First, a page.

Amphibian husbandry for the veterinary clinician (Proceedings)


Amphibians are solidly represented as captives in both private and institutional collections. Many amphibian species are in precarious situations in their natural habitats due to environmental changes and disease. As a result, many captive populations are extremely valuable from a conservation standpoint.

Amphibians are solidly represented as captives in both private and institutional collections. Many amphibian species are in precarious situations in their natural habitats due to environmental changes and disease. As a result, many captive populations are extremely valuable from a conservation standpoint. For all of these reasons there is currently a strong need for capable amphibian veterinarians in both institutional and private practice. An important point to understand regarding amphibians is that although they are lumped with reptiles as "herptiles", in reality they are quite dissimilar. Amphibians are indeed vertebrates and ectothermic, however the similarities end there. Generally speaking, amphibians are less tolerant of husbandry problems than reptiles. Amphibians do not tolerate temperature fluctuations readily and are exquisitly sensitive to water balance problems and environmental toxins due to the permeable nature of their skin.


An in depth description of configuring vivaria for amphibians is beyond the scope of this abstract. The interested clinician is encouraged to read more complete references such as Amphibian Medicine and Husbandry by Wright and Whitaker (2001).

Captive amphibians typically do best when housed in complex, naturalistic vivaria that reflect the natural history of the species. Natural behaviors (including reproduction) are encouraged when the amphibian is able to interact with the environment appropriately. In addition, a properly constructed and stocked naturalistic vivarium will establish a biological cycle and require infrequent servicing. Alternatively, some species tolerate rather Spartan captive environments. These types of environments offer the advantages of being easier to keep clean and allow for more intense monitoring of individual animals. Hospital and quarantine vivaria are often minimalistic to allow easy care of the amphibian patient.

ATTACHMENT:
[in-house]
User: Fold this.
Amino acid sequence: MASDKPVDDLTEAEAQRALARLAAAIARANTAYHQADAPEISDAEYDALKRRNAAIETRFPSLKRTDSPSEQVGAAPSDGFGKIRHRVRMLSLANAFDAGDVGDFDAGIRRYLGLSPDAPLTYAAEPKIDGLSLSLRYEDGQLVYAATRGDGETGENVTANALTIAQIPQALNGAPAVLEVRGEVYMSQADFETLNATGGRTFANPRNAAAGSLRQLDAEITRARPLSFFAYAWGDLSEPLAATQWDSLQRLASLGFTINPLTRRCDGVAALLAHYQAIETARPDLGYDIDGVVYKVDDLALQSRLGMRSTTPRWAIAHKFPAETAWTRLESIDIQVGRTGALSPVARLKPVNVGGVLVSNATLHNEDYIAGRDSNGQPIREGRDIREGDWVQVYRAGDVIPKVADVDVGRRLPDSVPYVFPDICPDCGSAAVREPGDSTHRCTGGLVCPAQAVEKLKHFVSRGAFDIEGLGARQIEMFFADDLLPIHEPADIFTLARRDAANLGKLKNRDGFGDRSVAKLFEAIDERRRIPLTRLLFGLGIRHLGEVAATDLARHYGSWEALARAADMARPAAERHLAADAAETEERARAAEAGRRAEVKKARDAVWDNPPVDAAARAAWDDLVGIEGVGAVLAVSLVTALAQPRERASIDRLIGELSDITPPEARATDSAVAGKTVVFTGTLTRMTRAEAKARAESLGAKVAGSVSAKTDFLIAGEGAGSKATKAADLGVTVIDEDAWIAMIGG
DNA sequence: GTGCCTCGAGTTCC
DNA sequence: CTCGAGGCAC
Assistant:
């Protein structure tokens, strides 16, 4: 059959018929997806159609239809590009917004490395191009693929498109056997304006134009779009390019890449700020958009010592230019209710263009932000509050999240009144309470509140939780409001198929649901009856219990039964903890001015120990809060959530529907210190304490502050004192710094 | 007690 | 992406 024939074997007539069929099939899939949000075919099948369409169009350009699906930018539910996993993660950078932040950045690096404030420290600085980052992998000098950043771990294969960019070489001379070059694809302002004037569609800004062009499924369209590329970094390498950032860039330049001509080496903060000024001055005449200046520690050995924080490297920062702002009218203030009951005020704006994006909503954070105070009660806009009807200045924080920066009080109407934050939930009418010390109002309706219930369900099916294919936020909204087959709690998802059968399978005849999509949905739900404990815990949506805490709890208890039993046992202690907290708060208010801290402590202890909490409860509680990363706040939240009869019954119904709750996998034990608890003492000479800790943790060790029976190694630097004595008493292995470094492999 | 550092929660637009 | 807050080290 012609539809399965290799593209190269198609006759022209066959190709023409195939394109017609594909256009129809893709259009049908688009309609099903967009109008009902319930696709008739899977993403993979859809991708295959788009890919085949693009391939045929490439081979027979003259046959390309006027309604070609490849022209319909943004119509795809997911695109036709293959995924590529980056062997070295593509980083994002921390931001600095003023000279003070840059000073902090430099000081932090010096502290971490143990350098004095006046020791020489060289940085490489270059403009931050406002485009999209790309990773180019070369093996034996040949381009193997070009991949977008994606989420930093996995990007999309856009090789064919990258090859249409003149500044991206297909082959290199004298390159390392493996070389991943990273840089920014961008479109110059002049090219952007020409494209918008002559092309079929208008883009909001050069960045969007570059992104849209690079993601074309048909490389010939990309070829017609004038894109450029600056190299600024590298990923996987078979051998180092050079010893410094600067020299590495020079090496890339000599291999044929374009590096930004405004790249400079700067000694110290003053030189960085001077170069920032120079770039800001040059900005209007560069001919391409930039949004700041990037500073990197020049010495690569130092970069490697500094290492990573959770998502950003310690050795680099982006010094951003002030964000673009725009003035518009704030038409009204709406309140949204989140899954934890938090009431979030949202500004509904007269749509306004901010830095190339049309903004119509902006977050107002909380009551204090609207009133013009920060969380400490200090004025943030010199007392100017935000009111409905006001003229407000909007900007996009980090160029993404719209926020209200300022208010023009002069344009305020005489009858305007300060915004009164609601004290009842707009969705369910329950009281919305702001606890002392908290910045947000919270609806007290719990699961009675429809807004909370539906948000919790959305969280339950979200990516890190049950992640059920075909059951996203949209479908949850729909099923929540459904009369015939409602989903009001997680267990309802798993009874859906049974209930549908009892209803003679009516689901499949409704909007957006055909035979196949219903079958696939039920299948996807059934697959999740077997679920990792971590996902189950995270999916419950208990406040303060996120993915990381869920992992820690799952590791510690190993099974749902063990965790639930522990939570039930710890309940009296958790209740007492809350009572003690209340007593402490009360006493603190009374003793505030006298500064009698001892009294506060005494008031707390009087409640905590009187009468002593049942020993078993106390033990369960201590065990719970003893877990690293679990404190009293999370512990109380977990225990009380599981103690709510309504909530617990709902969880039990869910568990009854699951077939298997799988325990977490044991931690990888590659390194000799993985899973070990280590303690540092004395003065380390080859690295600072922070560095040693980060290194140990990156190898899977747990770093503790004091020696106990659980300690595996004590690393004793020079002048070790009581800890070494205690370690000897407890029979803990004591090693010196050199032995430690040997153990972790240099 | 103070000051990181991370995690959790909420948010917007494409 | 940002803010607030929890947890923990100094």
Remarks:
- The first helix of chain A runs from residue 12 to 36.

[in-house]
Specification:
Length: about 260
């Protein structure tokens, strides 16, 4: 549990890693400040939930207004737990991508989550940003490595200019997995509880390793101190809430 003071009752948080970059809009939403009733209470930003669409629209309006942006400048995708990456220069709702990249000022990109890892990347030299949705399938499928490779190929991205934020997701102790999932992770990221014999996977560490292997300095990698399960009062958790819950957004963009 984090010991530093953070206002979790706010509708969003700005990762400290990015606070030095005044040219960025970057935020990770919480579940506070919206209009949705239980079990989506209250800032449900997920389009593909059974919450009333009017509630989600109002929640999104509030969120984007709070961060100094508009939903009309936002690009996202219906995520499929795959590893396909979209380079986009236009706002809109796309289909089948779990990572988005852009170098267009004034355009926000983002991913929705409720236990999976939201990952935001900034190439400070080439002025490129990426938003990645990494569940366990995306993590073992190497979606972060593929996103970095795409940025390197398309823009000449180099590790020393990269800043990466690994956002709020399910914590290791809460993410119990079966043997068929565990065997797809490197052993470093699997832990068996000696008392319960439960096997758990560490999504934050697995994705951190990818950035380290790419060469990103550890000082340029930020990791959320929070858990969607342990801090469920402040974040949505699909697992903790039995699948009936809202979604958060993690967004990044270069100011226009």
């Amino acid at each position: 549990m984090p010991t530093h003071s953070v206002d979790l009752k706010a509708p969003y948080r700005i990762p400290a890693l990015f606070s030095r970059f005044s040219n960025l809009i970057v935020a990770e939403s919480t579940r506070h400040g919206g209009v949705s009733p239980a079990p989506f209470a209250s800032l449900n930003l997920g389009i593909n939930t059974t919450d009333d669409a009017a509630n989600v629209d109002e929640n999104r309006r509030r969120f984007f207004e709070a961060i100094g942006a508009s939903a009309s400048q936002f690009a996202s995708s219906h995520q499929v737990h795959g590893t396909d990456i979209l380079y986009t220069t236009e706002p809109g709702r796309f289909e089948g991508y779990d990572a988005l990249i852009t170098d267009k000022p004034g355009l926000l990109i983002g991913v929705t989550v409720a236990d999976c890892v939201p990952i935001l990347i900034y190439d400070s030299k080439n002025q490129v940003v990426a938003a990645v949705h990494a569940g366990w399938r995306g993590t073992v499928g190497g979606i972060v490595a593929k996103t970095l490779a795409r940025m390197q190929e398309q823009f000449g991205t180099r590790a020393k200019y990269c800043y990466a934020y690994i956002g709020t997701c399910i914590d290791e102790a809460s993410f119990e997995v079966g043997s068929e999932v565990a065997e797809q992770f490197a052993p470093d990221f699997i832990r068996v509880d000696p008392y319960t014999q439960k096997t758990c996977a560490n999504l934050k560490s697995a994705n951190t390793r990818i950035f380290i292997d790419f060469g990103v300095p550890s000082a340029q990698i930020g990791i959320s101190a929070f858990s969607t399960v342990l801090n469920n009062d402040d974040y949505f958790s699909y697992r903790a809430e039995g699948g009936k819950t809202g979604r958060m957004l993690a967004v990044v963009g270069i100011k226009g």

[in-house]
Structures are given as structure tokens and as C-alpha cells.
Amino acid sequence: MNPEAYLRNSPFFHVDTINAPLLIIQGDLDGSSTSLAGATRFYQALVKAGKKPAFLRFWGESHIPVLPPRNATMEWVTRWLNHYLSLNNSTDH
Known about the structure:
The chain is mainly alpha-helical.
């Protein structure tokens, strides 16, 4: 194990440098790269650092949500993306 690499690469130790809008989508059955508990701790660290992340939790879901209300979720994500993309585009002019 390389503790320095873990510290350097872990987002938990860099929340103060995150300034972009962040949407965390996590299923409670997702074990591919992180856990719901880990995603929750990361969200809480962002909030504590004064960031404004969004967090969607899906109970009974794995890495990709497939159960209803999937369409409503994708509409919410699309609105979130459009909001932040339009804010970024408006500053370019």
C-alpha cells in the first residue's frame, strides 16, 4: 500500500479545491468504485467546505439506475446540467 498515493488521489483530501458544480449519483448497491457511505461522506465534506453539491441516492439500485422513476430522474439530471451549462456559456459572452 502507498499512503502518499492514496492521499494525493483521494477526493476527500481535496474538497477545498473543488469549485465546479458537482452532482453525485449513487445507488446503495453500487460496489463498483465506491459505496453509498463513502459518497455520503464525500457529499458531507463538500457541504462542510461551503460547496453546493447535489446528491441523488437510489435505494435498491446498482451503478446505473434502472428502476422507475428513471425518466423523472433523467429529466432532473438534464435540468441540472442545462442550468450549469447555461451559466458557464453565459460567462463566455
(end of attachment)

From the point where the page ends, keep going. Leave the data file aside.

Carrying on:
Large frogs and toads can be difficult to house appropriately due to their inclination to try and jump through clear barriers, which often leads to traumatic injury and infection. Enclosures need to be of appropriate size for these animals and ideally visual barriers should be employed to discourage them from jumping into the walls. Great care should be taken to avoid having sharp or abrasive surfaces in the amphibian vivarium. Amphibian skin is extremely delicate and can easily be damaged, potentially resulting in severe injury or introduction of infectious organisms.

Ventilation is important and an appropriate level is often difficult to maintain without sacrificing adequate levels of humidity (most species require around 70% humidity, though a humidity gradient is recommended). The keeper needs to tinker a bit with vivarium configuration in an effort to balance ventilation and humidity. With large collections housed in a designated room, humidifiers can be used effectively. Otherwise, manipulation of the amount of airflow in a vivarium can be accomplished by covering (or uncovering) ventilation ports, adding fans, etc. Also, addition of water features or misting systems can achieve humidity goals without sacrificing ventilation.